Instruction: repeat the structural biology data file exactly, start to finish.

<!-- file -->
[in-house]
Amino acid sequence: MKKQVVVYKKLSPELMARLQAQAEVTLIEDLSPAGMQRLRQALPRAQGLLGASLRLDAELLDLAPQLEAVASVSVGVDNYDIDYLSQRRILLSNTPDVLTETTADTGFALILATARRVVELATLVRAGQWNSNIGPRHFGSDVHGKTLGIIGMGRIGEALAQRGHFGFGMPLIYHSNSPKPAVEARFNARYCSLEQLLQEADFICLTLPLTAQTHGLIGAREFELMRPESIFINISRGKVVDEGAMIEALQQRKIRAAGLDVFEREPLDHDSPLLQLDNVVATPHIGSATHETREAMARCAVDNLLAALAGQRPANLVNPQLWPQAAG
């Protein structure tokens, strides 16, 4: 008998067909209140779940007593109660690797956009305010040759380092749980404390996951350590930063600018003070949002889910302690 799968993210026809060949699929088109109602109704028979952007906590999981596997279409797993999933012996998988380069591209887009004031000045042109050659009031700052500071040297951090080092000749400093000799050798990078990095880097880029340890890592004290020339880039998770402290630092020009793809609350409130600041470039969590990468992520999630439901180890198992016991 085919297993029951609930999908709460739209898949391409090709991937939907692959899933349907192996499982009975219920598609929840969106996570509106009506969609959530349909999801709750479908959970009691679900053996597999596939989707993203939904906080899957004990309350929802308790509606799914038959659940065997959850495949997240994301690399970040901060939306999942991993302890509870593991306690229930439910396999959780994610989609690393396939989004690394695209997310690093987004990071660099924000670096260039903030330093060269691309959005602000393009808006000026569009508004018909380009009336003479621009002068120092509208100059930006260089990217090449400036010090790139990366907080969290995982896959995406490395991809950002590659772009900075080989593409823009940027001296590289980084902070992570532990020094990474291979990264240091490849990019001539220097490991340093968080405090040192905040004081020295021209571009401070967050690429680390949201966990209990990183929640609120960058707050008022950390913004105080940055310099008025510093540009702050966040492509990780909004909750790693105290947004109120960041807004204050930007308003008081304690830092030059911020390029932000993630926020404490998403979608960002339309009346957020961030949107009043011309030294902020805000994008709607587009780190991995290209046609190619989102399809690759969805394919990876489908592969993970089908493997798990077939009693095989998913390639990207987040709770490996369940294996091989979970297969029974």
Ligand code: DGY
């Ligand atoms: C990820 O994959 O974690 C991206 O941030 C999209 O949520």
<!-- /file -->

[in-house]
Amino acid sequence: MKKQVVVYKKLSPELMARLQAQAEVTLIEDLSPAGMQRLRQALPRAQGLLGASLRLDAELLDLAPQLEAVASVSVGVDNYDIDYLSQRRILLSNTPDVLTETTADTGFALILATARRVVELATLVRAGQWNSNIGPRHFGSDVHGKTLGIIGMGRIGEALAQRGHFGFGMPLIYHSNSPKPAVEARFNARYCSLEQLLQEADFICLTLPLTAQTHGLIGAREFELMRPESIFINISRGKVVDEGAMIEALQQRKIRAAGLDVFEREPLDHDSPLLQLDNVVATPHIGSATHETREAMARCAVDNLLAALAGQRPANLVNPQLWPQAAG
């Protein structure tokens, strides 16, 4: 008998067909209140779940007593109660690797956009305010040759380092749980404390996951350590930063600018003070949002889910302690 799968993210026809060949699929088109109602109704028979952007906590999981596997279409797993999933012996998988380069591209887009004031000045042109050659009031700052500071040297951090080092000749400093000799050798990078990095880097880029340890890592004290020339880039998770402290630092020009793809609350409130600041470039969590990468992520999630439901180890198992016991 085919297993029951609930999908709460739209898949391409090709991937939907692959899933349907192996499982009975219920598609929840969106996570509106009506969609959530349909999801709750479908959970009691679900053996597999596939989707993203939904906080899957004990309350929802308790509606799914038959659940065997959850495949997240994301690399970040901060939306999942991993302890509870593991306690229930439910396999959780994610989609690393396939989004690394695209997310690093987004990071660099924000670096260039903030330093060269691309959005602000393009808006000026569009508004018909380009009336003479621009002068120092509208100059930006260089990217090449400036010090790139990366907080969290995982896959995406490395991809950002590659772009900075080989593409823009940027001296590289980084902070992570532990020094990474291979990264240091490849990019001539220097490991340093968080405090040192905040004081020295021209571009401070967050690429680390949201966990209990990183929640609120960058707050008022950390913004105080940055310099008025510093540009702050966040492509990780909004909750790693105290947004109120960041807004204050930007308003008081304690830092030059911020390029932000993630926020404490998403979608960002339309009346957020961030949107009043011309030294902020805000994008709607587009780190991995290209046609190619989102399809690759969805394919990876489908592969993970089908493997798990077939009693095989998913390639990207987040709770490996369940294996091989979970297969029974």
Ligand code: DGY
């Ligand atoms: C990820 O994959 O974690 C991206 O941030 C999209 O949520």